Rates Reasonable: From $750 to $1,500! Call (303) 564-0014!
This post is about gay wedding photographers in New York City. This is simply an advertisement for www.martinbentsen.com, letting everyone know that I shoot gay weddings in NYC for extremely reasonable rates.
Please click the link to view my site and see some samples of my work, or feel free to call (303) 564-0014.
How do you format a headshot to be printed? Well, it's actually pretty simple. Here are the rules:
Headshot formatting requires 8x10" paper. The actual crop factor of the print itself doesn't necessarily need to be in 8x10 format.
This means that you can technically keep the headshot the way it was as long as it is placed onto a sheet of 8x10 format, photo quality, matte paper, with a resume cut and stapled to the back.
Remember that the headshot must be smaller than the sheet and have a thin black border around the edge, and your name must be printed at he bottom.
The text used for your name should be extremely plain. Don't use fancy fonts for your headshot or it will be frowned upon by casting directors.
Please email me if you have any questions about Headshots!!
This is so important in life. Too many people just amble along every day and do nothing of importance in their lives, but too many more people try to do something important and then never wind up finishing it.
Think about how many times you've made a New Year's Resolution and then slowly reverted to your old ways. Think about how many times you have decided that you want to do something big, like getting six pack abs or writing a book. You start it strong and think it's so easy, but then little tiny things start coming up and it seems harder and harder to continue. Then you say, "I c't work at it today, but I'll do it tomorrow. Slowly you slack off and eventually quit. What's wrong with this picture?
I have to stress how important it is to set goals and actually see them all the way through. This is why I talk about setting schedules and always doing small tasks instead of huge ones. If you try to start something with a huge bang, you won't be able to keep up the momentum.
Notice on my websites how I only create one blog posting per day, and they are each fairly short. If I tried to write huge books each month, it would be impossible. But making sure I do one short blog post a day is easy, and then I can eventually compile my information into another how to book.
So do big things in small steps so that you can finish what you start.
What is the megapixel myth? Read the following exchange:
"Hello sir, may I help you with the cameras?"
"Oh, yes. Thanks... I was trying to decide between the Nikon d90 and the Canon 7d... Do you have any suggestions?"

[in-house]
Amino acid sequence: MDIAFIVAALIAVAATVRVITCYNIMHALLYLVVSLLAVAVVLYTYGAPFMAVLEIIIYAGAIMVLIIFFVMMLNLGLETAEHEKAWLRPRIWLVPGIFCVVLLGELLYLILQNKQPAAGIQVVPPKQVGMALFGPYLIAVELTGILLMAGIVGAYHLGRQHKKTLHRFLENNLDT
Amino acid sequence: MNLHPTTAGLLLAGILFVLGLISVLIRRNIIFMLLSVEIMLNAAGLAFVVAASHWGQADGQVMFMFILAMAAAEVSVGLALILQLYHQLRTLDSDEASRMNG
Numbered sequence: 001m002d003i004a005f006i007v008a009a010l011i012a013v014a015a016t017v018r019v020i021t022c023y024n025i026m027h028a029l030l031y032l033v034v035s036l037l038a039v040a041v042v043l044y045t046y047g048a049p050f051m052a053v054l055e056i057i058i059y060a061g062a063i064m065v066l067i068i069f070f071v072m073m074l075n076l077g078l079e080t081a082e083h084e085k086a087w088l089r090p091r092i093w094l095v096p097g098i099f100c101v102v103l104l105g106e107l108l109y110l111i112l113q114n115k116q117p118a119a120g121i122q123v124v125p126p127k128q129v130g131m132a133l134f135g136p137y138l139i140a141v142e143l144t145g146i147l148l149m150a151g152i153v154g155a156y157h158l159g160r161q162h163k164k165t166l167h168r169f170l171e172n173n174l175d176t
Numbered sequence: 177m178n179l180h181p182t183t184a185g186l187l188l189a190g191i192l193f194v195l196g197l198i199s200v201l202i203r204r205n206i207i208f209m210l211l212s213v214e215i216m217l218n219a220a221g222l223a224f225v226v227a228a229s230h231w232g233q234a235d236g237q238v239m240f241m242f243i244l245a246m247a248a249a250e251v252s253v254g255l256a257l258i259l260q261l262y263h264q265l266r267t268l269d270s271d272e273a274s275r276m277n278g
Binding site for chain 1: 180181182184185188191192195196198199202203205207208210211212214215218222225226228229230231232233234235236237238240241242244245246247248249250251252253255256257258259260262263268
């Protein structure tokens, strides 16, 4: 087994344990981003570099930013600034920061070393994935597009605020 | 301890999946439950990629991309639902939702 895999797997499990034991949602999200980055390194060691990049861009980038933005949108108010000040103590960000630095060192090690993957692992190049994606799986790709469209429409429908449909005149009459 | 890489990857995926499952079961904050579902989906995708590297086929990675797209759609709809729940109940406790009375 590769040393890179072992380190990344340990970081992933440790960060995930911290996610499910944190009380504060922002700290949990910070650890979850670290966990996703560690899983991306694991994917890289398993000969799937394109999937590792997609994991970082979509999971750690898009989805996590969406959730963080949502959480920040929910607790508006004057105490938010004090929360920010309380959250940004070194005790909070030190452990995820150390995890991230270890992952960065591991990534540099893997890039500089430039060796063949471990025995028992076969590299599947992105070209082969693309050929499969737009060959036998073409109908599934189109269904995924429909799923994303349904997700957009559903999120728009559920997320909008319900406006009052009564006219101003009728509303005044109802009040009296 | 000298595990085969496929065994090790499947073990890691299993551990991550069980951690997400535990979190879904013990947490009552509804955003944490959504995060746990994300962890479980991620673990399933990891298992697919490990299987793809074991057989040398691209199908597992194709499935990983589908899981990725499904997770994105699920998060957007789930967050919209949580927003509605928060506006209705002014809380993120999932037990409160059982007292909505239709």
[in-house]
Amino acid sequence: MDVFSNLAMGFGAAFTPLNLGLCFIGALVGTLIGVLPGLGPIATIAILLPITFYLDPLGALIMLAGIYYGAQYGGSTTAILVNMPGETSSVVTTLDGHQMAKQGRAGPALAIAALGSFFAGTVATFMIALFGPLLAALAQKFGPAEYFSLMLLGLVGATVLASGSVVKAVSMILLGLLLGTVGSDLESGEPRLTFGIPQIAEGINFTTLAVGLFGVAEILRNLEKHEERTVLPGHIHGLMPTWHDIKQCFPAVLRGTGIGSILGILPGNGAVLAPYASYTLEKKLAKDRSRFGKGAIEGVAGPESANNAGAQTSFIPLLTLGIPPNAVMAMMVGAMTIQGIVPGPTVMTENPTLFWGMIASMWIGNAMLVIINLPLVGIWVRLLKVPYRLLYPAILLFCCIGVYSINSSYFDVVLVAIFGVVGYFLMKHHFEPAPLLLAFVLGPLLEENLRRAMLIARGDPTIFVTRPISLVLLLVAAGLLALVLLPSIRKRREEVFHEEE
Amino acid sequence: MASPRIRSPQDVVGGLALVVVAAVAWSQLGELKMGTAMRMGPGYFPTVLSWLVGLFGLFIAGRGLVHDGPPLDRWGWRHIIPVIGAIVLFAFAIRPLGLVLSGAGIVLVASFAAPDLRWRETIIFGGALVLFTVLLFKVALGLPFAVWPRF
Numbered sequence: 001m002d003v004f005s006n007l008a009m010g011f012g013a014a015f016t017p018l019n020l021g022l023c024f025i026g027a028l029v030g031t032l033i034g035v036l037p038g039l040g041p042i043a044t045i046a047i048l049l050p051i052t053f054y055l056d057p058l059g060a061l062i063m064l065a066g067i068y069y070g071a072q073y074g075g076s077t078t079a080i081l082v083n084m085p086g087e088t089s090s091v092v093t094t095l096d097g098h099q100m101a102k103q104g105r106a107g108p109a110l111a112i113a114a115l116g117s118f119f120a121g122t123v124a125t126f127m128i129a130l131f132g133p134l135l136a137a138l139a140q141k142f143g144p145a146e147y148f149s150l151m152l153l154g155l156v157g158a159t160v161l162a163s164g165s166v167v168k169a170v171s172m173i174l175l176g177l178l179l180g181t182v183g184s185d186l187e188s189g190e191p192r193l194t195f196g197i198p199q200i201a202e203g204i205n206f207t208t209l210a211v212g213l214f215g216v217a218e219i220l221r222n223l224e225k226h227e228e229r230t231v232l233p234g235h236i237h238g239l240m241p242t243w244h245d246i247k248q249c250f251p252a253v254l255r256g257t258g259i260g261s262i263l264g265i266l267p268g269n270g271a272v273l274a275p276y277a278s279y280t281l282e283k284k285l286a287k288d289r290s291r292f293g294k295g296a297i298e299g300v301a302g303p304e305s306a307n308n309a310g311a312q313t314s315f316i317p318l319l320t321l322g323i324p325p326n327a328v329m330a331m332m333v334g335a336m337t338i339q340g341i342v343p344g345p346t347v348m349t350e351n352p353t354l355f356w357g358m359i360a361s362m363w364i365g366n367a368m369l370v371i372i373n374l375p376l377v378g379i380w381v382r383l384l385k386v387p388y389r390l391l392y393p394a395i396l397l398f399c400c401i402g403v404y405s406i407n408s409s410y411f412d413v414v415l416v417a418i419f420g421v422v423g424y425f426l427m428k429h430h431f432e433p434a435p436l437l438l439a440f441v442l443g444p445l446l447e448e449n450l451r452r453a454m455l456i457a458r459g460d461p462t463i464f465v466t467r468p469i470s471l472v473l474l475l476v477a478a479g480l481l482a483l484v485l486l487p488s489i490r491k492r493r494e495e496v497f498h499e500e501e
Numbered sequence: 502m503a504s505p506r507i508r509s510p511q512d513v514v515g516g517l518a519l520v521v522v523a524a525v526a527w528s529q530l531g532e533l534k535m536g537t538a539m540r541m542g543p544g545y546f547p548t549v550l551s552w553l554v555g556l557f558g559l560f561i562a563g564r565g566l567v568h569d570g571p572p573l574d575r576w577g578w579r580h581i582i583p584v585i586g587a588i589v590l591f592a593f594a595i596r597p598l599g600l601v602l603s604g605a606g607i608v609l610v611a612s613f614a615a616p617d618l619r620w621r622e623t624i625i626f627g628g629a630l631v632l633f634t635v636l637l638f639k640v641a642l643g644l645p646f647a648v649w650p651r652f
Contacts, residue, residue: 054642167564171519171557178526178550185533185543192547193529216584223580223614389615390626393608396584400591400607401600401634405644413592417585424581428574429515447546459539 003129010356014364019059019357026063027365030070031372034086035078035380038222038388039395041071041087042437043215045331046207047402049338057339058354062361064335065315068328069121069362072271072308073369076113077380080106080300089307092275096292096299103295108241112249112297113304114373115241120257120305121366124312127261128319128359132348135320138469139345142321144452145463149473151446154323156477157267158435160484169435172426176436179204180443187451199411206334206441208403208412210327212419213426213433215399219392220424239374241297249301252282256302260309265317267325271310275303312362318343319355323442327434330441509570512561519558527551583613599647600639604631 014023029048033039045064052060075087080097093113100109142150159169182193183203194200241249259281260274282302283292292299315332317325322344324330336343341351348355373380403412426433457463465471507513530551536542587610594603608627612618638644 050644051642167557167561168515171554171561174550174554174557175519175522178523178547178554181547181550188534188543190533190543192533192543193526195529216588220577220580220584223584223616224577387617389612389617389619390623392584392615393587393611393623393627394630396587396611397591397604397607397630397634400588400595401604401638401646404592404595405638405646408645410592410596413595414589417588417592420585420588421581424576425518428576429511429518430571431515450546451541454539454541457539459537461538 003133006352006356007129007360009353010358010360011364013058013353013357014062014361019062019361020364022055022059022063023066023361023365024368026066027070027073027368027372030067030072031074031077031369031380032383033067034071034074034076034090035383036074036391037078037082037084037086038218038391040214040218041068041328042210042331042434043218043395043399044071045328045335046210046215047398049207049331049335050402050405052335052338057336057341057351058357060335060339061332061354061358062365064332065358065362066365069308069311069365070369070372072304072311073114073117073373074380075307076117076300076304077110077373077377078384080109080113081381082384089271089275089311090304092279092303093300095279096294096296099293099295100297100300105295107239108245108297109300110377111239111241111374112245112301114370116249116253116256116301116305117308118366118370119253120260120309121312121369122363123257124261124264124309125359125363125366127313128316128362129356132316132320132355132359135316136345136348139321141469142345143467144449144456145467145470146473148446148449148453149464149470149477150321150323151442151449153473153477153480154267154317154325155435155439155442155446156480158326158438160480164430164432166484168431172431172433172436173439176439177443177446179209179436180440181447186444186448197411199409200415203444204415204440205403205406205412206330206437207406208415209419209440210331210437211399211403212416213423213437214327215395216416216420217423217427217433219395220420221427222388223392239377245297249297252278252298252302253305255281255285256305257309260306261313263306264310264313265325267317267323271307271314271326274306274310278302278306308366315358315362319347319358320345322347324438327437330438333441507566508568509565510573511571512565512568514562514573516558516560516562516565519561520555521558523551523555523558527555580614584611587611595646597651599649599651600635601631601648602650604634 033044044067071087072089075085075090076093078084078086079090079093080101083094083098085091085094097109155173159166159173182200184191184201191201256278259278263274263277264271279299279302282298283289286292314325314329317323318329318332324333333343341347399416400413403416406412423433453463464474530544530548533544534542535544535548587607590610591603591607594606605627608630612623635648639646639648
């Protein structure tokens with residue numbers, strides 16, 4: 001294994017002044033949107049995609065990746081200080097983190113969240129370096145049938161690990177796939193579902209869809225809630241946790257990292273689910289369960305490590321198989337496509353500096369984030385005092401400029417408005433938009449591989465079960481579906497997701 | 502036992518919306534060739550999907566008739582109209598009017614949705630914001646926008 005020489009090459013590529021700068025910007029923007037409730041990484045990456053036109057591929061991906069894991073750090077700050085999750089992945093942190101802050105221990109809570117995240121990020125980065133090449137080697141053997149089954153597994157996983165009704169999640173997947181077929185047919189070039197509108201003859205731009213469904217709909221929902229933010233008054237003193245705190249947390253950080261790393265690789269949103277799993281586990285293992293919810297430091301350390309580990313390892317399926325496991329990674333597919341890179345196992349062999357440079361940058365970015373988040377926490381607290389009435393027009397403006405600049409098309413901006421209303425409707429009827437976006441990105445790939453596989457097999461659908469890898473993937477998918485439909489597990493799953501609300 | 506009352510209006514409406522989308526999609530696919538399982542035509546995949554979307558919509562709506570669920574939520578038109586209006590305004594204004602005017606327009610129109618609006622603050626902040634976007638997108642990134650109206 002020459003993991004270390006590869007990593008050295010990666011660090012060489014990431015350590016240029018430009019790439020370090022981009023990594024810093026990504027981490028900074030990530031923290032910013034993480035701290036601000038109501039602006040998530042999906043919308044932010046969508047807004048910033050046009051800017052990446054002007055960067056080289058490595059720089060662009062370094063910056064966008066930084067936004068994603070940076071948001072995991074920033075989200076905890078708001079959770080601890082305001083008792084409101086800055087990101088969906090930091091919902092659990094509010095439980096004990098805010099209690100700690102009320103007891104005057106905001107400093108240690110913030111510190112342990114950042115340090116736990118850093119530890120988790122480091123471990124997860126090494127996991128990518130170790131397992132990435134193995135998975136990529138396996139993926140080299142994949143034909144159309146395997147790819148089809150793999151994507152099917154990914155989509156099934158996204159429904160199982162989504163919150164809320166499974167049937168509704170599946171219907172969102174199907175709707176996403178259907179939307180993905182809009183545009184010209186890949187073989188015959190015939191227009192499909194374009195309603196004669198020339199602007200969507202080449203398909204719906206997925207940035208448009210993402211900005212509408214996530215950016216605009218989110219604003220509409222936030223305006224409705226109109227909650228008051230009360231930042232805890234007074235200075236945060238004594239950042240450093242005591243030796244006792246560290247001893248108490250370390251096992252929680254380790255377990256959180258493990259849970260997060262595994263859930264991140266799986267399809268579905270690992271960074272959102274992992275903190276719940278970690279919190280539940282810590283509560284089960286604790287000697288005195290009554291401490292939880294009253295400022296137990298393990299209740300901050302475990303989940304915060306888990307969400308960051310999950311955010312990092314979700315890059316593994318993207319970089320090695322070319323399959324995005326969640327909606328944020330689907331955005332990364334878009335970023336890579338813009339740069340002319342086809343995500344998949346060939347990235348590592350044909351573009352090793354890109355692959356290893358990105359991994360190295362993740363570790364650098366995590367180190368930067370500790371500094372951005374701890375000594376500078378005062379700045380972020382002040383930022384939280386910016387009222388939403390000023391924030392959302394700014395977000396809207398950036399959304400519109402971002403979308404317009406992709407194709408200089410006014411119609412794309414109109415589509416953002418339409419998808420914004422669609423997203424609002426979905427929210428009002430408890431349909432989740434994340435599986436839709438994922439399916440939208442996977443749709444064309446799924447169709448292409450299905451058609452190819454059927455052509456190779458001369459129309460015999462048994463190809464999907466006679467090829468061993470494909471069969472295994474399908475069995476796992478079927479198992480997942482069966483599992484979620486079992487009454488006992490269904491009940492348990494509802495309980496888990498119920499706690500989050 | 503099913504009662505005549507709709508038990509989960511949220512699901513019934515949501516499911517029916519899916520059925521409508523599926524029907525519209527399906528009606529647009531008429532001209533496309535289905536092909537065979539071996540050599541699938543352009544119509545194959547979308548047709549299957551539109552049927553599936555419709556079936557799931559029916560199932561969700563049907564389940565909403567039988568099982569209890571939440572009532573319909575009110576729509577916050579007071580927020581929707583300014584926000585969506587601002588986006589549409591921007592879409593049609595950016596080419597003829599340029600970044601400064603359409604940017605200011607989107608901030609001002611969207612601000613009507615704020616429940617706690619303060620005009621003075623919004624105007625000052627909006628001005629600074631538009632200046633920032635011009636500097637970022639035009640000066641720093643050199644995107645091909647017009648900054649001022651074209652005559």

"Well, as you can see, the Nikon shoots at 12 megapixels. The Canon shoots at 18. That's why you see such a price jump from $1,099 to $1,699."
"So you think I should get the Canon 7d?"
"Yes, it is much better because it shoots at a much higher resolution."
Well, if that is your only reason for choosing the Canon 7d over the Nikon d90, you are off to the wrong start in the dSLR photography business. Actually in any digital photography business. Digital cameras cannot be defined by their megapixels. Let me give you an example:
The 6 megapixel Nikon d40 dSLR camera is so much better than almost any 10 megapixel point and shoot camera. There are so many reasons for this, from the sensor size and quality to the lens on the camera.
The megapixel myth is basically the belief that more megapixels equals a better camera. The problem with most small point and shoot cameras is that they have such a small sensor inside them that having a lot of megapixels is actually worse for them.
If you imagine a camera sensor, there is only so much space on it. The more tiny little light sensors you try to cram on there, the smaller each will be. Typically, smaller pixels are going to have a hard time capturing light, therefore the noise (amount of grain) in the pictures the camera takes will increase. On the other hand, having a large sensor with fewer pixels will equal much better light capturing ability. That's why point and shoot cameras look horrible when you shoot in low light without a flash. Most dSLR cameras will look fine in the same situation.
Be wary of buying a camera just because it has more megapixels. What's much better than more megapixels is a bigger imaging sensor size. And here is one other plus to having a bigger sensor in the camera: it means you can have shallower depth of field... In other words, its much easier to make the backgrounds blurry, leading to a more professional looking shot.
Hey I'm Martin, and my goal is to help you reach yours. I love writing content about career advancement, marketing strategies, productivity, and much more.